William P. Haynes, The Shaman and the Rose
reviewed by Susie Hawes
Author: William P. Haynes
Publisher: Outskirts Press
Paperback: 424 pages
Tight plotting keeps this crowded story on track, and strong character development keeps the reader glued to the book. The protagonists in this novel are passionate and good-hearted. We care about what happens to these people. The antagonists are thoroughly evil and manipulative. The author’s use of drama and character interactions makes us want them to fail.
Angels and gods rub shoulders with demons and humans, and even the great deceiver, Satan, has his part. As the characters battle vampires and demons they evolve into warriors seeking to protect their world from the evil that encroaches on it.
Satan has been freed from his prison and seeks to initiate Armageddon. A handful of humans work with a god; a fallen angel; a Native American shaman, Orenda; an elfin wizard and a werewolf to put a stop to his plans. Themes of redemption thread throughout the tale; the humans seek a fallen sister while the angel, Semjaza, seeks atonement and redemption. He suffers a crisis of faith and must overcome it to help his comrades.
Elliot, the main antagonist in Mephisto’s Seed, seeks to be united with Sara, his love. He acts with ruthless disregard for the lives of those around him, attacking any he feels will interfere with his goal. Satan wants to capture the magical sword, Rutilus, and use it to destroy the world, and the heroes must stop him.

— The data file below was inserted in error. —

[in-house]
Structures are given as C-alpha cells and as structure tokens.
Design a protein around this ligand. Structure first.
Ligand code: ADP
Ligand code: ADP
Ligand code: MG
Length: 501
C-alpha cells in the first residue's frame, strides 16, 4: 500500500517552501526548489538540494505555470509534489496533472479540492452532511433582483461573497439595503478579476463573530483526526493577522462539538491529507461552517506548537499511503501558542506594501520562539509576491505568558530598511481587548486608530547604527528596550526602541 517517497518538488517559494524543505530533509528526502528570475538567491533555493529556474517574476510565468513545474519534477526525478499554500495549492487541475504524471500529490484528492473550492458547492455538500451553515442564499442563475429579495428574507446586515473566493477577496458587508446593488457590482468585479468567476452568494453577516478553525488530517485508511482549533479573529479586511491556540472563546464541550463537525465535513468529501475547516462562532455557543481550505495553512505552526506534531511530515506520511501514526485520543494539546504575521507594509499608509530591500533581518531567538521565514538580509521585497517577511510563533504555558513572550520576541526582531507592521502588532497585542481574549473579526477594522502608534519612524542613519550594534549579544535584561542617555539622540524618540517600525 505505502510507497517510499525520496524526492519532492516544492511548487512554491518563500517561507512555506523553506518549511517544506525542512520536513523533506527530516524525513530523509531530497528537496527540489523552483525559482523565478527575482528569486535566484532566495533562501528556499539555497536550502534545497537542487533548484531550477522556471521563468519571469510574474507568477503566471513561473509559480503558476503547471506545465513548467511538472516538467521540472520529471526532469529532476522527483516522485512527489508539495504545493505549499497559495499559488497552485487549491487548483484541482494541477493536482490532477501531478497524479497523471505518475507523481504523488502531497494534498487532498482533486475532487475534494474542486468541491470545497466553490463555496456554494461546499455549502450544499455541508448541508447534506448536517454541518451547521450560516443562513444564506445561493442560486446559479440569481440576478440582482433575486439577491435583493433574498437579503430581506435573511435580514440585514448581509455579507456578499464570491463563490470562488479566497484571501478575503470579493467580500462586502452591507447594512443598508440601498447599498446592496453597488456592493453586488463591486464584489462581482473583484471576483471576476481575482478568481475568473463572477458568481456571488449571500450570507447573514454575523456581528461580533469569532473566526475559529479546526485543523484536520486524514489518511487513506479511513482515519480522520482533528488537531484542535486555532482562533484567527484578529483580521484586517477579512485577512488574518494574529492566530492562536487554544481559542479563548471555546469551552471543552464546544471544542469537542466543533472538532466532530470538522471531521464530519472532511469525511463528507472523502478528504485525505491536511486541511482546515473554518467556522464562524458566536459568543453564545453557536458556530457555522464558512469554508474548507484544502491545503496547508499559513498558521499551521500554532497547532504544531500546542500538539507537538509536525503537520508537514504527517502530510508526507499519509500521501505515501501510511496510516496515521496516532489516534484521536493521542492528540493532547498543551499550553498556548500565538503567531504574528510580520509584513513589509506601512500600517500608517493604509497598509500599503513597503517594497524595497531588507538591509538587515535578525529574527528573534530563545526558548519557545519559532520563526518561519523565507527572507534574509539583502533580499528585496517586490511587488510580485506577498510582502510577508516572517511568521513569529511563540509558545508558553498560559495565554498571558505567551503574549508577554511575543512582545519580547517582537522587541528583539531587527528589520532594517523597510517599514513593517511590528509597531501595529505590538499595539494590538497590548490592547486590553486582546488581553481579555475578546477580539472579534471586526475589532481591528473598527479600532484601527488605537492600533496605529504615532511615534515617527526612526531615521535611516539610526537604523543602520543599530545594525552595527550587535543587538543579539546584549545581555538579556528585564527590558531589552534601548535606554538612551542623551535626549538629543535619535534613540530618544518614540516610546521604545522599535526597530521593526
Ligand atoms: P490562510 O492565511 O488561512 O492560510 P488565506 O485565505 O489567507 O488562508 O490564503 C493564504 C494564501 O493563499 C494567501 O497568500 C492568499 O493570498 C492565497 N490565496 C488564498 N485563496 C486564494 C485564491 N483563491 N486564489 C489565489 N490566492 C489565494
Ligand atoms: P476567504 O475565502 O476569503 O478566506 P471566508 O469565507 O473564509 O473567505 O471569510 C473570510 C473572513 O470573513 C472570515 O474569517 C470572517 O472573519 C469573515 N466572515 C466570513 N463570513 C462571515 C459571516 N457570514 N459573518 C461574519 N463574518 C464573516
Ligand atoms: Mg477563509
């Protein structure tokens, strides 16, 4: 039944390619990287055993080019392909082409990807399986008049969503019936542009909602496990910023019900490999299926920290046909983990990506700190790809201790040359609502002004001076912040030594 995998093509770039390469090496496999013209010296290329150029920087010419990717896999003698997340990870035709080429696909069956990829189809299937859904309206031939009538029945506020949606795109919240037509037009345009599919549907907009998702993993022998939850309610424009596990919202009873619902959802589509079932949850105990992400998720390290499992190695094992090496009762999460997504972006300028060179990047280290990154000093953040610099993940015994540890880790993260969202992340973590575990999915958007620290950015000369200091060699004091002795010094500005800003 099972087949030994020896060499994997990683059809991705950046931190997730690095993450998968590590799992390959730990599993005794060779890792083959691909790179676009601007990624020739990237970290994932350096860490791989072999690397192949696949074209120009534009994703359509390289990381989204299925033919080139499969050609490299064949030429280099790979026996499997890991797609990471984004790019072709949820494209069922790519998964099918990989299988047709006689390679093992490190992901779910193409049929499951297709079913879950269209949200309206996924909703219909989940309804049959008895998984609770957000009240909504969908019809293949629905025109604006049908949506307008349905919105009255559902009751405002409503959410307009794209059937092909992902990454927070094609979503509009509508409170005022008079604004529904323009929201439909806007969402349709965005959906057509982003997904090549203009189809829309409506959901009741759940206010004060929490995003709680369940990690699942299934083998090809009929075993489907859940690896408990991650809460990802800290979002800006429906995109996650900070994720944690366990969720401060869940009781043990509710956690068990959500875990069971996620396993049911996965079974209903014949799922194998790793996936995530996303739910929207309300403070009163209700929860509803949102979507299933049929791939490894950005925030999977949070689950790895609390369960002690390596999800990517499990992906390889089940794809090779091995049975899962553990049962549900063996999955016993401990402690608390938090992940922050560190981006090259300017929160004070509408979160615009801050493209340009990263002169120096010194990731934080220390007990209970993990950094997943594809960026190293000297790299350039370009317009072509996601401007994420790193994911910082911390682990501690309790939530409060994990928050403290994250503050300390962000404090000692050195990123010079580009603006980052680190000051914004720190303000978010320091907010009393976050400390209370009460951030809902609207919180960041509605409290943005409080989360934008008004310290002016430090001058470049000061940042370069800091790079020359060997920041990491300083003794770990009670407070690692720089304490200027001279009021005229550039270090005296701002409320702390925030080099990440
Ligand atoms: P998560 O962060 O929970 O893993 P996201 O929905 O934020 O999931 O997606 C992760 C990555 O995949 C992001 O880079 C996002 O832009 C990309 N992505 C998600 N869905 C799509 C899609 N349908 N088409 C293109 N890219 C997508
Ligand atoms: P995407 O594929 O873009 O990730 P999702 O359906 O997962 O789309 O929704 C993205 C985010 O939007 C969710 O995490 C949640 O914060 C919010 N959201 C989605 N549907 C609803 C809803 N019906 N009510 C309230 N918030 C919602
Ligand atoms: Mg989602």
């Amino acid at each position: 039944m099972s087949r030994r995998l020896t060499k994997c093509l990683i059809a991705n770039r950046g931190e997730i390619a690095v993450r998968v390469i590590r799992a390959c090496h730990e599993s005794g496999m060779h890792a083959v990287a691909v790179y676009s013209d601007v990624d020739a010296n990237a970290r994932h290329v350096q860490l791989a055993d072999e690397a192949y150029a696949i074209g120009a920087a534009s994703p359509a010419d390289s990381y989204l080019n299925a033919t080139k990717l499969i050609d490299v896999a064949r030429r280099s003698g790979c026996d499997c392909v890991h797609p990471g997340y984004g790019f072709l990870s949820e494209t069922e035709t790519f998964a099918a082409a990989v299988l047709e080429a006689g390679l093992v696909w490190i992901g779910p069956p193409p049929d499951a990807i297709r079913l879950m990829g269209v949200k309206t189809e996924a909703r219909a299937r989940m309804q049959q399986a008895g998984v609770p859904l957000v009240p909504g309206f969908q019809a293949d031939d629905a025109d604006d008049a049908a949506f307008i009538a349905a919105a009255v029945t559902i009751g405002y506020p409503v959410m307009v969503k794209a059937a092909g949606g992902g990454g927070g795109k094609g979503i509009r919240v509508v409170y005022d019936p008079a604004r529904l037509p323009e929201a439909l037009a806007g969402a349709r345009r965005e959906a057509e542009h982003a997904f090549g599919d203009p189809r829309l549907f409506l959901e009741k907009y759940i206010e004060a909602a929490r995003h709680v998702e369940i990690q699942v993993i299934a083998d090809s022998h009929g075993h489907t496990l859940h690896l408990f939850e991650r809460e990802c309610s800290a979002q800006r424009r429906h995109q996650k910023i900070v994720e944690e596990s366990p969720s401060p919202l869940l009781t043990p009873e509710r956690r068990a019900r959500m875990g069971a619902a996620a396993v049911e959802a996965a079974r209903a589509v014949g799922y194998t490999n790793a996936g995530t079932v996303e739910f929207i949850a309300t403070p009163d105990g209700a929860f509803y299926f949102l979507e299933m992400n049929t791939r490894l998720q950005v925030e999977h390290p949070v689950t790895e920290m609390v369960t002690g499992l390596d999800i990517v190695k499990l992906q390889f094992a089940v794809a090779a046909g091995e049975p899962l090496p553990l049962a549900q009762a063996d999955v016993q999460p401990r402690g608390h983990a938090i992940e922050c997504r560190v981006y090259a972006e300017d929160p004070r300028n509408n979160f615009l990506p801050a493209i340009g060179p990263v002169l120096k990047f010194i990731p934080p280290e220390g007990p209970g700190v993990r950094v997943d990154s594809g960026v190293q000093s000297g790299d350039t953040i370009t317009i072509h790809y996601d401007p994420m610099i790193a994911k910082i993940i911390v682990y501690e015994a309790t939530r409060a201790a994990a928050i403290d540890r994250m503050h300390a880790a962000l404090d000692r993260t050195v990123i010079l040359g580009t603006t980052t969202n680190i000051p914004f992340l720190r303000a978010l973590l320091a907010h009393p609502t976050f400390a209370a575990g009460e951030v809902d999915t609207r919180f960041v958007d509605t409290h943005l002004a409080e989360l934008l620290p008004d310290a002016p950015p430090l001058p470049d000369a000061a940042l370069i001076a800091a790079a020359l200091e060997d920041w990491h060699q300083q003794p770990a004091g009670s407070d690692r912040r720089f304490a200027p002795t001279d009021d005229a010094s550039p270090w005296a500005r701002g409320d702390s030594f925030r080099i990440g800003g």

Part of the action takes place in the contemporary world, and part in mystic realms, and, eventually, in Hell itself. Mr. Haynes has built beautiful landscapes and terrible ones, with bloody seas, a ship of bones,. His worlds are filled with ruby-eyed demons and winged stallions.
Elliott gathers an army of demons, vampires, hellbeasts and dark creatures, seeking to bring about Armageddon, but the shaman stops him with a spell that creates a tornado. As his troops are destroyed, Elliott flees.
I think my favorite part was when one of the characters used a modern, non-magical weapon to take out a dragon.
There are sacrifices, and the hardships and dangers one would expect from a story like this. However, the sacrifices are handled with intelligence, avoiding the trap of becoming cliché. Dialog is sharp, internal logic is consistent, settings and action are colorful an the characters interact well with one another and grow from their experiences.
This is a very well-written book, and one I would recommend. William P Haynes has grown as an author. Be sure to read the first two novels, to get the full story. It’s quite an experience.
Title: The Curse of Mephisto’s Seed:
Book One: The Day of the Awakening
By: William P. Haynes
Pages: 192 pages
Publisher: Publish America
Copyright © 2008 by Susie Hawes